Let's discuss the Xu Xiaodong vs Ding Hao fight.

Poppity

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ok, I will have a go, my view...Its one fight.

A highly publicised fight, but between some random MMA guy and some random Wing Chun guy. The MMA guy is using a different bag of mixed arts, to most of the bandwagon MMA tough-typers who will say he represents them. But thats fine, most people like to be associated with a victory, even if its got nothing to do with them.

The Wing Chun guy is not from my lineage or Kwoon, he does not represent us, even if he won, he would not be representing us and most of what he does in the video is different to how we apply. I am not saying our way is better, only that its different to a point which makes the art appear unconnected to what I see. If he had learnt with us and was representing us, I would clearly feel differently.

.so Im kind left with some guy won a fight once, and its youtube. I dont think it proves any more or less than that.
 

KPM

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No, this is not just some random MMA guy. This is Xu Xiao Dong. He is a Chinese MMA guy that has made a point of trash-talking traditional martial arts in China and challenging them to prove him wrong. He also easily handled a supposed "Tai Chi Master" in another video. He has ticked off enough of the Chinese people and government that he went into hiding for awhile So this is not just one fight. No "traditional" art has yet given Xu any kind of difficulty. Of course, people will argue that he hand picks the people he is willing to meet on camera, and that may be true! You don't seem him going up against San Da fighters. He purposely only meets people that are doing something very "traditional", because that is his thing.....to show that "traditional" arts don't work! And people on other forums have said that the Wing Chun guy is a "fake" and a "beginner" and "just learned on youtube" and all kinds of other excuses. But the fact is the Wing Chun guy is doing pretty typical "classical" Wing Chun. And any Wing Chun guy that hasn't "modernized" his training or cross-trained to a large extent in something else very likely wouldn't have looked much different or done any better. And do you think the people that have a vested interested in proving Xu wrong would put a "scrub" up against him just to continue to embarrass TCMA? This is the "classic"....very linear....charge up the middle...dominate the centerline....and chain punch...Wing Chun. "Its all about the punch!" ;) And that kind of strategy just doesn't work as well in a modern fighting context as it used to!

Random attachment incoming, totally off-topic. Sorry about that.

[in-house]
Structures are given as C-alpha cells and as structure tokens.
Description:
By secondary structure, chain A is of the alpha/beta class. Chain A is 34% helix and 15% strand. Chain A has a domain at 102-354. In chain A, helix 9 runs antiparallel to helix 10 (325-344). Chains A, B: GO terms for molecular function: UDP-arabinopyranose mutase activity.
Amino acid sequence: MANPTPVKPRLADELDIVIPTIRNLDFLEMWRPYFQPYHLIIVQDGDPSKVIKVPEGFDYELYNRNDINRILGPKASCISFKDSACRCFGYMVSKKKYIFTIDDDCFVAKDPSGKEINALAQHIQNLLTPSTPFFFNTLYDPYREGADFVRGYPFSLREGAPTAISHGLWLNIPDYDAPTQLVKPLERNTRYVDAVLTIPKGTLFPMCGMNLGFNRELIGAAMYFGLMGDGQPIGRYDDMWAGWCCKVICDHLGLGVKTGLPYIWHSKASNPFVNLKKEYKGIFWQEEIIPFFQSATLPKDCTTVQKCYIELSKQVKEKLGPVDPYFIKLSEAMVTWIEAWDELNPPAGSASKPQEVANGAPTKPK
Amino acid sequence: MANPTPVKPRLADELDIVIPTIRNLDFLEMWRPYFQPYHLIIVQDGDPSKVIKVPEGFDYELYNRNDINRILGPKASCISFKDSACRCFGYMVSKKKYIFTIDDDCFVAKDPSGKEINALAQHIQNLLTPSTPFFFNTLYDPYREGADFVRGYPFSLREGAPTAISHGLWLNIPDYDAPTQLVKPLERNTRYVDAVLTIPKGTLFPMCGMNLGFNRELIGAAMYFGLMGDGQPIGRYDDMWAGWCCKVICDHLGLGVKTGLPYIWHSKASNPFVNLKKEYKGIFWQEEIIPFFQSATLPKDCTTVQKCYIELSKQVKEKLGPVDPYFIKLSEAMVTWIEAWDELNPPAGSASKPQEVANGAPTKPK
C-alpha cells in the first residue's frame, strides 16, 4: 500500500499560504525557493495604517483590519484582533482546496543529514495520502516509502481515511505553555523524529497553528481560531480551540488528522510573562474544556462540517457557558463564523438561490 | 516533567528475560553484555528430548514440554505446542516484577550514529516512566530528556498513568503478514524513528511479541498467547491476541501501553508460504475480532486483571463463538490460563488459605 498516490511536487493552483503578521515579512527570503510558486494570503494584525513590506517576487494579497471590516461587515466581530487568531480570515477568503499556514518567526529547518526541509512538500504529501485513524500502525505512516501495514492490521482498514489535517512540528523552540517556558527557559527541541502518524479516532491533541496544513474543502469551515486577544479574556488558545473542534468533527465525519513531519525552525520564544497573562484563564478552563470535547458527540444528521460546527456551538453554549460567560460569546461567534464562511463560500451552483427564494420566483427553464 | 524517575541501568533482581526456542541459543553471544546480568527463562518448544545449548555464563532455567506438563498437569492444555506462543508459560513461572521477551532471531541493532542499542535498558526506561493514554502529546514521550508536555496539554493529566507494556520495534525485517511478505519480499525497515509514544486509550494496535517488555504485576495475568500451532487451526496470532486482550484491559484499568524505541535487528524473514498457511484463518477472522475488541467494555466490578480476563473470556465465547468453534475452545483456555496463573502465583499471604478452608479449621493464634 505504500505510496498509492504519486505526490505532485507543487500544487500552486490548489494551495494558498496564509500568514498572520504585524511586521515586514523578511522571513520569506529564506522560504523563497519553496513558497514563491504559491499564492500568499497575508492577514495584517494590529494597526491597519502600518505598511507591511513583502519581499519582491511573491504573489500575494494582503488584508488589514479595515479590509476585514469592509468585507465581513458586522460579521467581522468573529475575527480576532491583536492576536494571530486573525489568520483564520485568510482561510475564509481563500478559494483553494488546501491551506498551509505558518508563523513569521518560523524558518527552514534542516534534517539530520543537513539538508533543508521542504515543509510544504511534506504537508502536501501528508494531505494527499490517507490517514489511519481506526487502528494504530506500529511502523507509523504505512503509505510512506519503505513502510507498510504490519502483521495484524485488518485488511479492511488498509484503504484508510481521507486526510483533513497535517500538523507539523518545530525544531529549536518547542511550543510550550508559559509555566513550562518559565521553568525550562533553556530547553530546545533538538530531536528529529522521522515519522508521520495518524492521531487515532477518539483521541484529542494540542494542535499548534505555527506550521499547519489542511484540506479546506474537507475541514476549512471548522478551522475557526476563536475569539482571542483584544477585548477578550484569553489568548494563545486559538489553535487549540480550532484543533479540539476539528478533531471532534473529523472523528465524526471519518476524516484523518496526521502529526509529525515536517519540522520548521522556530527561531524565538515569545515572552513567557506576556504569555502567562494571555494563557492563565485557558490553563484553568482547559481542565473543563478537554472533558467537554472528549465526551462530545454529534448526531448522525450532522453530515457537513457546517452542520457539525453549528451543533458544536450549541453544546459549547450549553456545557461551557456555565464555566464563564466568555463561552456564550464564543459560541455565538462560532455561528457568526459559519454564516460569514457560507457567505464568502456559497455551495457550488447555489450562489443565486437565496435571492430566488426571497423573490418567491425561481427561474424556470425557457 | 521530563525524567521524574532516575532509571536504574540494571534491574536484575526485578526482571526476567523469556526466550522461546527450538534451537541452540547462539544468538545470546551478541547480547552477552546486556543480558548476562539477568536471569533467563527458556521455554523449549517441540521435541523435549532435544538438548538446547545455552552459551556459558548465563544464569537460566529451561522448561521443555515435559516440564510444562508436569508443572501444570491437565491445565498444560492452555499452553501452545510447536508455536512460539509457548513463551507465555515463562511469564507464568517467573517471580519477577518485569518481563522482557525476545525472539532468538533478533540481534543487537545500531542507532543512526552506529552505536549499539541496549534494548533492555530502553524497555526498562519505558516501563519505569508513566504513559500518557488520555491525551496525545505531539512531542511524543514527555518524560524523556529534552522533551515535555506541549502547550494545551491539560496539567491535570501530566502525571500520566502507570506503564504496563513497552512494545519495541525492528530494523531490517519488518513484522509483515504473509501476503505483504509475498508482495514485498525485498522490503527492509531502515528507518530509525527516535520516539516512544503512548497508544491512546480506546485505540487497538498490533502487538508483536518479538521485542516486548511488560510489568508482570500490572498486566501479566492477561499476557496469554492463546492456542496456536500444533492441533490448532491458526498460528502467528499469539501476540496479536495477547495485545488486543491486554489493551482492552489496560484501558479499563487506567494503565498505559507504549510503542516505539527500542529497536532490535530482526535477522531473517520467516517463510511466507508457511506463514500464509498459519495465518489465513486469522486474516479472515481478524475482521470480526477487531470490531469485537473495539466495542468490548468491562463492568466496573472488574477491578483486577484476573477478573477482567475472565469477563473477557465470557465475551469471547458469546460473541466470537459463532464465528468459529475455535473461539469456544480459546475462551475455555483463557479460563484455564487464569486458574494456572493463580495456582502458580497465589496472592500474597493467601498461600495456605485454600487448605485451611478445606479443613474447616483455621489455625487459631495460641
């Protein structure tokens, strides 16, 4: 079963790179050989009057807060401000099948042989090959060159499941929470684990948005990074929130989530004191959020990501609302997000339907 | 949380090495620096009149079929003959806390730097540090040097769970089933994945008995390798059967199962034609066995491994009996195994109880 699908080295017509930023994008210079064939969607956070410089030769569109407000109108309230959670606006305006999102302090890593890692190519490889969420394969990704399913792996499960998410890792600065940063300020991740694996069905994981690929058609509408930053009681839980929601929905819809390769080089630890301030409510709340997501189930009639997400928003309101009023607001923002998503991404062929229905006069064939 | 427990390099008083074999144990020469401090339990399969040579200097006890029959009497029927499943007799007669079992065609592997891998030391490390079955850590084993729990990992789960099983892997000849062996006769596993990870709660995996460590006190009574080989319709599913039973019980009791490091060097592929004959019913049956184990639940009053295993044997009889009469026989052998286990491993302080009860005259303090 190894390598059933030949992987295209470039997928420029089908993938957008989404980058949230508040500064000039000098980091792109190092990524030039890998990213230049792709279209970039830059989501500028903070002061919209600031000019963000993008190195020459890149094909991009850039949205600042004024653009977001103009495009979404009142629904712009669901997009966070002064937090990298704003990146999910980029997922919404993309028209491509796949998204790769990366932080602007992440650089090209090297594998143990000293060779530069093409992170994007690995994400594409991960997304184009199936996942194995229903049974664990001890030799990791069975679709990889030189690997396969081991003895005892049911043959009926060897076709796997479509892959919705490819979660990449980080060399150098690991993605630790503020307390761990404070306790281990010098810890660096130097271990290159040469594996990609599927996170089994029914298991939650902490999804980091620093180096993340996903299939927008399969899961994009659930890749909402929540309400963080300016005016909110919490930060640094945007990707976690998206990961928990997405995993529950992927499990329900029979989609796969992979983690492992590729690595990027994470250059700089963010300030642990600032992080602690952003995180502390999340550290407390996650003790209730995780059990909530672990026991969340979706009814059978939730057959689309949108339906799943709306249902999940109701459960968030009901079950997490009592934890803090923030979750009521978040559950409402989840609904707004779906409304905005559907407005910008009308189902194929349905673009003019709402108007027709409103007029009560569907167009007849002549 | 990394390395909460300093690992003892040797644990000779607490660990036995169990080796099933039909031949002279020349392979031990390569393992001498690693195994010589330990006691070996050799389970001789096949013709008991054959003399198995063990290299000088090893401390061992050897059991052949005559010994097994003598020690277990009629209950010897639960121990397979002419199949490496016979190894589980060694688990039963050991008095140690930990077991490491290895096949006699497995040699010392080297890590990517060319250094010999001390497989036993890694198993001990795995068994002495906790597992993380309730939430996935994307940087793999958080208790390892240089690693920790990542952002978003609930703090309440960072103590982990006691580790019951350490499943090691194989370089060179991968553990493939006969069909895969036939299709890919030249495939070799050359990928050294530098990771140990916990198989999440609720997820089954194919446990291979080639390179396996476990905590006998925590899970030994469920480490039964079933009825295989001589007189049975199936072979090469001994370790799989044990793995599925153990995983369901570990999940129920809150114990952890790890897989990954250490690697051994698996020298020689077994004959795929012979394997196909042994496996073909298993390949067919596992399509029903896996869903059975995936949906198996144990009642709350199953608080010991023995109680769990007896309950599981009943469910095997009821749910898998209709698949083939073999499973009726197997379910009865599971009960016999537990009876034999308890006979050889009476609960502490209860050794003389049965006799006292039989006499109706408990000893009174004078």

Poppity

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I hear what you are saying.. but Xu Xiao Dong is still just some guy. The same as Josh Rogan is just some guy or any other guy who likes to say that TMA is no good, they are entitled to their opinions. I think its generally accepted that the Tai Chi guy Dong went up again had a bit of a shady past as far as the quality of his Tai Chi, I'm not qualified to say...

but I'll say this for Xu Xiao Dong he's a good business man with a gym to promote. I think it would be na簿ve to imagine he is not doing any research into his opponents before hand and carefully picking opponents whose skill is overshadowed by the long stretch of an overbearing confidence... as far as being a man of mystery on the run from the Chinese Government, I find that hard to accept as he is doing their dirty work, publicly degrading the Southern Arts of Kung Fu and leaving the nationally promoted Sanda or Wushu well enough alone.... maybe soon he will fight one of those guys, lose and retire with a big cheque. Who knows...

The art I study is traditional, but the front facing charge up the centre line (or however people apply the term) is not applied at our school in that manner. I appreciate that puts me at odds with some wing chun practitioners, but not all....
 

DanT

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***Disclaimer: I have practiced Wing Chun on a full time basis (30 hours a week) since I was 13. I also train full time in Shaolin, Tai Chi, and BJJ. I love Wing Chun!***

That video was a perfect representation of the limitations of most styles of Wing Chun. The most identifiable problematic areas are:

- Lack of mobile footwork
- Lack of head movement
- Lack of body strength
- Lack of overall body conditioning
- Lack of takedown defence
- Lack of ground fighting ability
- Lack of punching power
- Lack of diversity of attacks
- Lack of positional skills
- Lack of fluidity